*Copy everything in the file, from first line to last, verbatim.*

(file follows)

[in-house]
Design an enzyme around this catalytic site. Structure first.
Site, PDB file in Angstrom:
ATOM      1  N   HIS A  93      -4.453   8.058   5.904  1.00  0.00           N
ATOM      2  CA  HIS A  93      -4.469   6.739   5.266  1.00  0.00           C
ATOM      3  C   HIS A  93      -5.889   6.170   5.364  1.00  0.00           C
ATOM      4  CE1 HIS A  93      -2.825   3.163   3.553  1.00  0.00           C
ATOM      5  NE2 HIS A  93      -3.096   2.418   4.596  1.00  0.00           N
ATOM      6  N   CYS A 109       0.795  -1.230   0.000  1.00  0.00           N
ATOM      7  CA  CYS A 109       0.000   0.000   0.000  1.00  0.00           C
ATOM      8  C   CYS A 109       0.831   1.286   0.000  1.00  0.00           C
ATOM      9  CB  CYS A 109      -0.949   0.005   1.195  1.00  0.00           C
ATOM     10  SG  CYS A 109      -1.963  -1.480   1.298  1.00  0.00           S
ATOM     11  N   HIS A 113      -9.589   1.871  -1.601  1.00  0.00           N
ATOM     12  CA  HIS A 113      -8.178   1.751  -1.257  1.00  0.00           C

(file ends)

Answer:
[in-house]
Design an enzyme around this catalytic site. Structure first.
Site, PDB file in Angstrom:
ATOM      1  N   HIS A  93      -4.453   8.058   5.904  1.00  0.00           N
ATOM      2  CA  HIS A  93      -4.469   6.739   5.266  1.00  0.00           C
ATOM      3  C   HIS A  93      -5.889   6.170   5.364  1.00  0.00           C
ATOM      4  CE1 HIS A  93      -2.825   3.163   3.553  1.00  0.00           C
ATOM      5  NE2 HIS A  93      -3.096   2.418   4.596  1.00  0.00           N
ATOM      6  N   CYS A 109       0.795  -1.230   0.000  1.00  0.00           N
ATOM      7  CA  CYS A 109       0.000   0.000   0.000  1.00  0.00           C
ATOM      8  C   CYS A 109       0.831   1.286   0.000  1.00  0.00           C
ATOM      9  CB  CYS A 109      -0.949   0.005   1.195  1.00  0.00           C
ATOM     10  SG  CYS A 109      -1.963  -1.480   1.298  1.00  0.00           S
ATOM     11  N   HIS A 113      -9.589   1.871  -1.601  1.00  0.00           N
ATOM     12  CA  HIS A 113      -8.178   1.751  -1.257  1.00  0.00           C